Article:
McPhee acknowledged the public health challenges of returning to in-person classes and having students in on-campus housing, pointing to the work throughout the spring and summer by the university’s COVID-19 Task Force, led by Byrnes, to develop a comprehensive plan to bring students, faculty and staff back to campus as safely as possible.
The university has established a series of keys indicators such as number of positive cases, available local hospital beds and on-campus quarantine capacity that could trigger a return to online delivery. The university’s COVID-19 plan, updates and indicators are available online at https://www.mtsu.edu/coronavirus/.
“It is imperative that every member of the MTSU community adhere to our policies and practices to assure that we provide the safest possible environment for our faculty, staff, students and guests, while maintaining our recognized level of academic excellence. My expectation is that everyone on campus will commit to and follow all guidelines established by the university,” he said.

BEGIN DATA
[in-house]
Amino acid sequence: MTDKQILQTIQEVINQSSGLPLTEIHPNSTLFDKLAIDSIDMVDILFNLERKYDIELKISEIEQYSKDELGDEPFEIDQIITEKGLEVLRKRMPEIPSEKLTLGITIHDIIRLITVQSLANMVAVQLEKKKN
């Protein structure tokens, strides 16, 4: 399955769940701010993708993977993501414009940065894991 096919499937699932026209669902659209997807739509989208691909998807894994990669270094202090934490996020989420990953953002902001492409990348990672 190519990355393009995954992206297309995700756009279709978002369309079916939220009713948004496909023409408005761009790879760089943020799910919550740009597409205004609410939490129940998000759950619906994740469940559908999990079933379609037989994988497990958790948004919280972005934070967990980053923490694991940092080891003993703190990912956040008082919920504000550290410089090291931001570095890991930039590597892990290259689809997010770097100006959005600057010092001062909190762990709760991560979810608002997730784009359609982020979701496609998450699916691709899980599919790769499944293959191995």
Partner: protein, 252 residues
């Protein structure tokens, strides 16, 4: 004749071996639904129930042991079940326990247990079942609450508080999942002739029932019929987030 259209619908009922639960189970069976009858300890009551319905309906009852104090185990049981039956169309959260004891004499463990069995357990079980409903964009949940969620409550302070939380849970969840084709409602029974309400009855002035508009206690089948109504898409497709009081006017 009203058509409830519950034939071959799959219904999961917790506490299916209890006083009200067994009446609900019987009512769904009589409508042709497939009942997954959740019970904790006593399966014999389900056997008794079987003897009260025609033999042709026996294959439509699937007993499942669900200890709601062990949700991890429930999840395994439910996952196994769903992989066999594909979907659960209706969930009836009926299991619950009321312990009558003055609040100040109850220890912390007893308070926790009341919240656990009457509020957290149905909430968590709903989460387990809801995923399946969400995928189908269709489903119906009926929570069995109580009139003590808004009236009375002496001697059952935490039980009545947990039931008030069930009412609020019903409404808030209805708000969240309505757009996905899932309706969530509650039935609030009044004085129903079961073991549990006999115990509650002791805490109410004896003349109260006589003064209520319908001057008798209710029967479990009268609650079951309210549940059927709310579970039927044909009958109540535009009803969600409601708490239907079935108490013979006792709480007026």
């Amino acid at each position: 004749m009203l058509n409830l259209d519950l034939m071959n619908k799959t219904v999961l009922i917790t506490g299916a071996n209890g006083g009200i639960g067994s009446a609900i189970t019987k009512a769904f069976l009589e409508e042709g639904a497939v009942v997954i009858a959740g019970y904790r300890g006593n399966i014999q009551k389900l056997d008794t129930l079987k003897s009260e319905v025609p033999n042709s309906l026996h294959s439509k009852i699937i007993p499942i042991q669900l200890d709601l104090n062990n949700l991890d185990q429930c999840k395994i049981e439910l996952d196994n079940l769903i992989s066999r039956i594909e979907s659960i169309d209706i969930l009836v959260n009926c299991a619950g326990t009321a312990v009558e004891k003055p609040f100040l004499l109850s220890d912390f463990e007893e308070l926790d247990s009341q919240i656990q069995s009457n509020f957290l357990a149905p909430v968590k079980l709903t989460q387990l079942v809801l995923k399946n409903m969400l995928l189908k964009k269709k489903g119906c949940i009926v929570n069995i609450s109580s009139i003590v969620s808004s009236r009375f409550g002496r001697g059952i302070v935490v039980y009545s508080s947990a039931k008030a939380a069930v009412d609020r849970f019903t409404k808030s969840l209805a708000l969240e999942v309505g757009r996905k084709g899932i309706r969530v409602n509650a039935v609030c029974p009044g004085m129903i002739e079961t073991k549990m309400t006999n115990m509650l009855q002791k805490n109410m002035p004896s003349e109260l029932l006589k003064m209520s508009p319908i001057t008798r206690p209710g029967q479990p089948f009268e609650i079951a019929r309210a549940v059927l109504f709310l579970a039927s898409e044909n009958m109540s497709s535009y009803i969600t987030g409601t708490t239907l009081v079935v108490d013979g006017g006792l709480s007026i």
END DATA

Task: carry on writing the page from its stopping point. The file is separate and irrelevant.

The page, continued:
Among precautions, MTSU has mandated masks and face coverings inside all buildings, modified classroom space to allow for social distancing and reduced on-campus student housing to single-occupancy rooms to mitigate the spread of the virus. Housing space has been set aside for student quarantines if necessary, and public health signage is posted throughout the campus about social distancing, room occupancy limits, hand washing and other public safety measures. Sanitization of buildings has increased and food services have been modified to limit virus exposure.
“While totally eliminating the risk from the virus is currently impossible, I feel the steps we have and will take will enable us to effectively manage our campus health and safety,” he said. “We will experience infections among our employees and students and we will be prepared to respond. …We are prepared for all possible scenarios.”